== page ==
“When I look back at my time at Rangers, there are several moments that stand out as key to what lay ahead.”
The words are from Craig Whyte and Into The Bear Pit, an autobiography that reinforces the impression you couldn’t give the Ibrox outcast a red neck with a blowtorch.
Littered with excuses and accusations it is, to be fair, entertaining in places.
For example, the revelation the club hoped to get Brad Pitt and, Whyte hoped, Angelina Jolie along to a match – but had to settle for Jim Davidson – prompts a smile.
The man repeatedly voted the world’s sexiest – that’s Pitt, not Davidson or Whyte – was agreeable. But the demand for £25,000 appearance fee was too pricey.
Stand-up comic Davidson, in town to do a panto, was content for a (good) seat at the fitba’.
As tales of high expectation meeting less-than-thrilling reality go, it is not the worst.
It is not close, say, to the meltdown experienced under Whyte’s stewardship in 2012.
What it is, though, is relevant to supporters suffering through Rangers’ recent on-pitch displays.
Steven Gerrard’s side dropped more points in the five games up to and including the defeat at Kilmarnock last Wednesday than they did in the preceding 20 games.
The explosion of optimism that followed victory at Celtic Park on December 29 is now just a memory.
Even should Rangers win the two remaining Premiership derbies, they could still fail to halt Celtic’s march to nine-in-a-row.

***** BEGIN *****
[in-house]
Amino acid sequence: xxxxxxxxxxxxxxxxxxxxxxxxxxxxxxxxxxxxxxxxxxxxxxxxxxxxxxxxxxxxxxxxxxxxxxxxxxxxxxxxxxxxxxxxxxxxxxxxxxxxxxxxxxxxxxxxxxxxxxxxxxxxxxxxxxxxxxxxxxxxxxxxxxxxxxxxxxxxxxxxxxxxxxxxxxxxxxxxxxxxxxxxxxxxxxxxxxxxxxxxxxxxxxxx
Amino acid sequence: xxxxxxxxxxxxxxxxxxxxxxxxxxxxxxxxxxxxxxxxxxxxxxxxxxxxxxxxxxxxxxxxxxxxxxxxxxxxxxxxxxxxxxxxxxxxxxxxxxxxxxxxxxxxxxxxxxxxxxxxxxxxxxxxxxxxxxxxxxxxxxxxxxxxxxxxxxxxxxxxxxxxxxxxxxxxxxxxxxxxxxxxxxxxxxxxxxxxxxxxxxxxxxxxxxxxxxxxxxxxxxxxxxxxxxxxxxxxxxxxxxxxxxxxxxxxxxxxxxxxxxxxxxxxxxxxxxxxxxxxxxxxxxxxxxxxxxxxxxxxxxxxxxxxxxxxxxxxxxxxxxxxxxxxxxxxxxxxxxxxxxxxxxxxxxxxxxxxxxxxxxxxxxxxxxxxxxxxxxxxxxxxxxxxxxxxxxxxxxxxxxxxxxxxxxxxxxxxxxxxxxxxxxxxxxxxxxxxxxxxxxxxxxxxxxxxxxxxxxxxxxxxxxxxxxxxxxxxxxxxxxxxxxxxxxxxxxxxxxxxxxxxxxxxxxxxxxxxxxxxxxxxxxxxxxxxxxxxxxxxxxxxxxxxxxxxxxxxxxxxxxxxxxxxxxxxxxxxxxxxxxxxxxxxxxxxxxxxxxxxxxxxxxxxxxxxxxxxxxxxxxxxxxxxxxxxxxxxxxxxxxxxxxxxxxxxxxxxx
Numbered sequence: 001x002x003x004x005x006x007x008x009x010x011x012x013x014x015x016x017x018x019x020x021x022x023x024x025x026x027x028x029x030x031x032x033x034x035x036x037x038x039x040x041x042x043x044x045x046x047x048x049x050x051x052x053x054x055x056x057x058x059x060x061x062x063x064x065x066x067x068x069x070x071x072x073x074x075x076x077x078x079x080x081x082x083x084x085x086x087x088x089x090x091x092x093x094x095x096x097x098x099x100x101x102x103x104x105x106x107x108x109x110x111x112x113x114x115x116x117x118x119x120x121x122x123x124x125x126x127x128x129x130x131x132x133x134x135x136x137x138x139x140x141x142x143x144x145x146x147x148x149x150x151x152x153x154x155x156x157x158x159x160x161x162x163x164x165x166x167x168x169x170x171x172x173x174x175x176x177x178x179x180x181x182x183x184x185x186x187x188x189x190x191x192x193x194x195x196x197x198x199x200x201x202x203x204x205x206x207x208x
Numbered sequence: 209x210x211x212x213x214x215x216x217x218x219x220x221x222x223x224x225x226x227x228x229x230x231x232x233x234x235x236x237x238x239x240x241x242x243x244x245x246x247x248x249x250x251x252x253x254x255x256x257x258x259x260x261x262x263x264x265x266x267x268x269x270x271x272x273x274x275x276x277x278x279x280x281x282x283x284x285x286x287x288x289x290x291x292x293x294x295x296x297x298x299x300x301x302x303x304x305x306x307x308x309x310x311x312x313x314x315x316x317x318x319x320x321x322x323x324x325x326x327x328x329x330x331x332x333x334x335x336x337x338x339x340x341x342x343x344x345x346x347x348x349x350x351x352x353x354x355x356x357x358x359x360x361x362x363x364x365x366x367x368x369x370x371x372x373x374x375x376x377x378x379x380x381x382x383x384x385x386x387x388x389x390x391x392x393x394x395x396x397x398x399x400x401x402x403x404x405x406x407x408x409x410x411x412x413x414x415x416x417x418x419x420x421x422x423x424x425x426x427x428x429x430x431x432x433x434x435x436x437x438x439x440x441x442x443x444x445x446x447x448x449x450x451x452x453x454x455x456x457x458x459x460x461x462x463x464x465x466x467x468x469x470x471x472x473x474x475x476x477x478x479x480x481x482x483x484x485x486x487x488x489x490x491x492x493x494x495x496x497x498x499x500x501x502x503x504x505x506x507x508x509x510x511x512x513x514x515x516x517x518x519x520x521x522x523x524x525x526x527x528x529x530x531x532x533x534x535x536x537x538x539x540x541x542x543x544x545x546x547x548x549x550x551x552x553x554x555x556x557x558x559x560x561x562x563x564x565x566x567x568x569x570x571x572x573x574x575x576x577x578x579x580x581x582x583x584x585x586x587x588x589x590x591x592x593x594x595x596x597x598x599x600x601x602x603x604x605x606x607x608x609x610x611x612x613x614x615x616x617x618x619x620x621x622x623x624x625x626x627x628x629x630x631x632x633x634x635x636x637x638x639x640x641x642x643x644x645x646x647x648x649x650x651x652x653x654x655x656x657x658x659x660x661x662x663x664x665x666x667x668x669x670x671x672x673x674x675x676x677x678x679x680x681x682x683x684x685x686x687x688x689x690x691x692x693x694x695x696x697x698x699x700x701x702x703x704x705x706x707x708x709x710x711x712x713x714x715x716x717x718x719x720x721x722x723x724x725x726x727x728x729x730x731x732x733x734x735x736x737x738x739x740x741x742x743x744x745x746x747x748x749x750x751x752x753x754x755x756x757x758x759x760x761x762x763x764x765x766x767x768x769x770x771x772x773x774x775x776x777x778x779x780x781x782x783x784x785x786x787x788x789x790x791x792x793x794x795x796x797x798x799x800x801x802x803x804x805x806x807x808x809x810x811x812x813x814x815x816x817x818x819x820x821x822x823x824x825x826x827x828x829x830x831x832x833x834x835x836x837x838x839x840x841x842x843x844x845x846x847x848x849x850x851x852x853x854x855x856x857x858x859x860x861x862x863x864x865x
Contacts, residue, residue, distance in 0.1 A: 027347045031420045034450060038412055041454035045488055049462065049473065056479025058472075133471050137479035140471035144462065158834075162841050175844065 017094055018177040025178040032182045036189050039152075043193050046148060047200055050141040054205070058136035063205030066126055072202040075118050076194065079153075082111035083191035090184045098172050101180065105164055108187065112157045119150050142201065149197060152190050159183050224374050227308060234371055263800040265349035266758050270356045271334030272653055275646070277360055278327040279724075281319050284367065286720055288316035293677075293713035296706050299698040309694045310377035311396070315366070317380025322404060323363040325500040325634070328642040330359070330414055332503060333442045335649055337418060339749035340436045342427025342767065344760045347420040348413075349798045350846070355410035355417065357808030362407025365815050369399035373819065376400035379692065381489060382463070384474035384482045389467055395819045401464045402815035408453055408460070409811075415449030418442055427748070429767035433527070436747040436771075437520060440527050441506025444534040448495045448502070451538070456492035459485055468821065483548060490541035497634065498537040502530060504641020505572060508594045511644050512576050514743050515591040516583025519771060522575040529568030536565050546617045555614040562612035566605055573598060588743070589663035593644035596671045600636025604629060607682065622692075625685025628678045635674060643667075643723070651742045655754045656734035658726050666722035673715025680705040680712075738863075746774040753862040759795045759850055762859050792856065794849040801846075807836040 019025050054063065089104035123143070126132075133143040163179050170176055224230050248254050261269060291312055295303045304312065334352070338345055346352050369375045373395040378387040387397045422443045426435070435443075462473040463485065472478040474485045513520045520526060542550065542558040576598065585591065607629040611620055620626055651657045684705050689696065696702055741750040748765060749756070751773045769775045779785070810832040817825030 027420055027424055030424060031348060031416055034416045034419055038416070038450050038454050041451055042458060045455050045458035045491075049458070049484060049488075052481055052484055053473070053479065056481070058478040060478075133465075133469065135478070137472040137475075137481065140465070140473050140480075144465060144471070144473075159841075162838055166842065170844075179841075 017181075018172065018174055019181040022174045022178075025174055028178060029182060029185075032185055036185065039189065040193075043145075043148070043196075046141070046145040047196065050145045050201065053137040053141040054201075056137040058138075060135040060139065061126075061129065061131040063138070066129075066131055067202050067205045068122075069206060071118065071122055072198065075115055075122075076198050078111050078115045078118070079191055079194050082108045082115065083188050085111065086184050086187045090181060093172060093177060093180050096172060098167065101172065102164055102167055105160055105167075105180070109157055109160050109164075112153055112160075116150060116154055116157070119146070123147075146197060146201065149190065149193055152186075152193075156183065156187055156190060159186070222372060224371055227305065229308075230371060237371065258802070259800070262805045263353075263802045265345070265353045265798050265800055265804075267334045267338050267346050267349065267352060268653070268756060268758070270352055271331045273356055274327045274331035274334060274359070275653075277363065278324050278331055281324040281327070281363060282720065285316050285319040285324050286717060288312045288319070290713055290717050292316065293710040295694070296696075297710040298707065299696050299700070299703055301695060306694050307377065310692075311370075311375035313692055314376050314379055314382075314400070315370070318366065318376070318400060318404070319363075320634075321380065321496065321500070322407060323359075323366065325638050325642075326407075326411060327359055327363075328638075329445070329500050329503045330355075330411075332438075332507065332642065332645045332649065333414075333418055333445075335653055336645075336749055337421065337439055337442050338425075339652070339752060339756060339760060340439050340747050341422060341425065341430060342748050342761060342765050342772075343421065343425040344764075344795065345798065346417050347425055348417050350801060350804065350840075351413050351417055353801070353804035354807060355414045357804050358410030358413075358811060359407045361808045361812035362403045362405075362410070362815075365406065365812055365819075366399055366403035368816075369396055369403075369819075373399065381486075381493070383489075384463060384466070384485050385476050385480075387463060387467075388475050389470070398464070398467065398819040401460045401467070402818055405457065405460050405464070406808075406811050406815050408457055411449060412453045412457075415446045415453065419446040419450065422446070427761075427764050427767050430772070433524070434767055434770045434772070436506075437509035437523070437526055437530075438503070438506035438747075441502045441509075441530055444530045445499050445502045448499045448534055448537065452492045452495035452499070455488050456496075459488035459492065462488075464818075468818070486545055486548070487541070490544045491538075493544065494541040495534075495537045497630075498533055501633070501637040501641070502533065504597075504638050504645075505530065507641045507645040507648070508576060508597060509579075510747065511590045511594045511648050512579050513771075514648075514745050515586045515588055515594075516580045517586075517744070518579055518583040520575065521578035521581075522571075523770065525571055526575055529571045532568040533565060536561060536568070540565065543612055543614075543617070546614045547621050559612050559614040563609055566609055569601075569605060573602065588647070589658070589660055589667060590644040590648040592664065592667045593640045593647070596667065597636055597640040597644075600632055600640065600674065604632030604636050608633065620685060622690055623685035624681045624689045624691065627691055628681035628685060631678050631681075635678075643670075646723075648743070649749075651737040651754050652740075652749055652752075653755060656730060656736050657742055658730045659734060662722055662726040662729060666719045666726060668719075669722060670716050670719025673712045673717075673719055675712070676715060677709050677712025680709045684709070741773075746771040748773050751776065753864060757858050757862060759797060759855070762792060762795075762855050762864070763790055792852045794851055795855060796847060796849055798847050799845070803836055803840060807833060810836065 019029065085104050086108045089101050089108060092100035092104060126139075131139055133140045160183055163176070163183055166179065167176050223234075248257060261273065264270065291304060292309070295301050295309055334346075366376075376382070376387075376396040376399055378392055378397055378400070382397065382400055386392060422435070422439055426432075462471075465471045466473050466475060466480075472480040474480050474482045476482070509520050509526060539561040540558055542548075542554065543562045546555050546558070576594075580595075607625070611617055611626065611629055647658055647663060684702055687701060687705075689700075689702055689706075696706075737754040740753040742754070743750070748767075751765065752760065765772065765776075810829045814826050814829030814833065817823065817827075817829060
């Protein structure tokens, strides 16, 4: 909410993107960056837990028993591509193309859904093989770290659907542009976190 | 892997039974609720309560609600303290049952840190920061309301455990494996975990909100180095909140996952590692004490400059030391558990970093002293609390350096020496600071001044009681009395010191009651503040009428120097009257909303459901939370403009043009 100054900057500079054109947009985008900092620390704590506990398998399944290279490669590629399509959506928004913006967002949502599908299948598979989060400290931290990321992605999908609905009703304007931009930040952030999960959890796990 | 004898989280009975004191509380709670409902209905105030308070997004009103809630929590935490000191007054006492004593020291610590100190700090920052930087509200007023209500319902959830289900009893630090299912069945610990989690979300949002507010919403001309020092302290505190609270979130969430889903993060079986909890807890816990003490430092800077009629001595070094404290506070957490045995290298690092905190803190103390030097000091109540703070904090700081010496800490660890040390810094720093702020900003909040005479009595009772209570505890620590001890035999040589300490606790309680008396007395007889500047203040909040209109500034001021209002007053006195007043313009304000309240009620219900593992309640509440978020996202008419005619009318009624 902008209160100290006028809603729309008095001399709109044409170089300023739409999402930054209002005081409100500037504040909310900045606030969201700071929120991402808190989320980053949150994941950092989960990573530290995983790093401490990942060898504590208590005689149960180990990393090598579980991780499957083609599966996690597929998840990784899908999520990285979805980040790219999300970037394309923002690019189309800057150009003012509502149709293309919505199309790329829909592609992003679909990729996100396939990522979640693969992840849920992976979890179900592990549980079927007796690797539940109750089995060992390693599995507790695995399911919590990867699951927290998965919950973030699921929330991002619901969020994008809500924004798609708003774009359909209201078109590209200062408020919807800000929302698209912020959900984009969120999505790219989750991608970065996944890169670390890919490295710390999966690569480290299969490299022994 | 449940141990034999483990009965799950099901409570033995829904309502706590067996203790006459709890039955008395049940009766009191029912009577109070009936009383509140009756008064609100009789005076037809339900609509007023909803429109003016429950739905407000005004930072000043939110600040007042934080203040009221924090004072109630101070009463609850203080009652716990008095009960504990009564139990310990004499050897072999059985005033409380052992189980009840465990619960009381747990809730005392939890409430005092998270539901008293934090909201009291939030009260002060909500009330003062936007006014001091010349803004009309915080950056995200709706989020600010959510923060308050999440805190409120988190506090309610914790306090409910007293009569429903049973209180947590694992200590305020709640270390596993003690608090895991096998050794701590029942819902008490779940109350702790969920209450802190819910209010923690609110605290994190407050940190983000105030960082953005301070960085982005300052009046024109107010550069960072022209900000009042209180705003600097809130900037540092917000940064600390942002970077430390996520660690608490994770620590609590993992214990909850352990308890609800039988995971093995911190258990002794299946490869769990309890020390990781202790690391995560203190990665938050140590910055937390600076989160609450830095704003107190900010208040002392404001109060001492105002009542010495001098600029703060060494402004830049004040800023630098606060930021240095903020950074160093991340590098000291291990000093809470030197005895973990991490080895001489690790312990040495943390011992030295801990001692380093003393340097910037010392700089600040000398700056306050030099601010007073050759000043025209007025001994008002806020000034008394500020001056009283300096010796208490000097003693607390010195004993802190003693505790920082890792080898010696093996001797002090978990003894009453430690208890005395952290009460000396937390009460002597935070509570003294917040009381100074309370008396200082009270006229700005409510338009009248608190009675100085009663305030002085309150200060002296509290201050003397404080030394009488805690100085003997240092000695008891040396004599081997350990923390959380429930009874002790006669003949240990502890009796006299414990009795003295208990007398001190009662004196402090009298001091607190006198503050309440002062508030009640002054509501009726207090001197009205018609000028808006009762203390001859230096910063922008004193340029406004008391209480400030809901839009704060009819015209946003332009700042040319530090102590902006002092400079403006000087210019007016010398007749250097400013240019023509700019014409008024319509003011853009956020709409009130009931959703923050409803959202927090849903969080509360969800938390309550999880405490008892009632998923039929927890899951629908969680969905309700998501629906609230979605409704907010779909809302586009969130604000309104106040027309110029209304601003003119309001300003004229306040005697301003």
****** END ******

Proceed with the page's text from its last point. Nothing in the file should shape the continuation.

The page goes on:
Put simply, the Hoops – with all the experience of successive winning campaigns behind them – are doing a better job of seeing off the rest.
Their win at home to Hearts on the same night Rangers were crashing at Rugby Park made it 51 points out of the last 54 available.
Such form would win titles anywhere in the world. It should be no shame to finish second-best in the face of such dominance.
The problem for Gerrard is that is not what he signed up for. He has to deliver silverware.
Losing the league this season would leave the Ibrox club on the horns of a dilemma – to stick with Gerrard or twist on a new manager in what would be a desperate bid to halt 10-in-a-row.
There is plenty to like and admire about the man they have in the position.
As you might expect of a Champions League winner with more than 100 England caps, Gerrard has a definite presence about him.
He is, in short, a class act.
Since his arrival at the club in the summer of 2018, he has added to the prestige of the club.
Yet it cannot be forgotten that the 39-year-old is in his first managerial job and, at times, it shows.
Supporters, exasperated by the failure to take care of teams such as Hearts and Kilmarnock, have criticised a lack of tactical flexibility and, more generally, the recruitment policy.
It is perhaps significant after each major setback that Gerrard has – while not sparing himself – had a go at his players.
History suggests that is a high-risk strategy. Managers who lose the dressing room tend to lose their job soon after.
When the time comes to look back on his key moments with Rangers, Gerrard will hope for highs as landmarks of his time north of the border, rather than the lows of the soul-searching that followed defeat.
Who knows if Craig Whyte is of the same mind-set?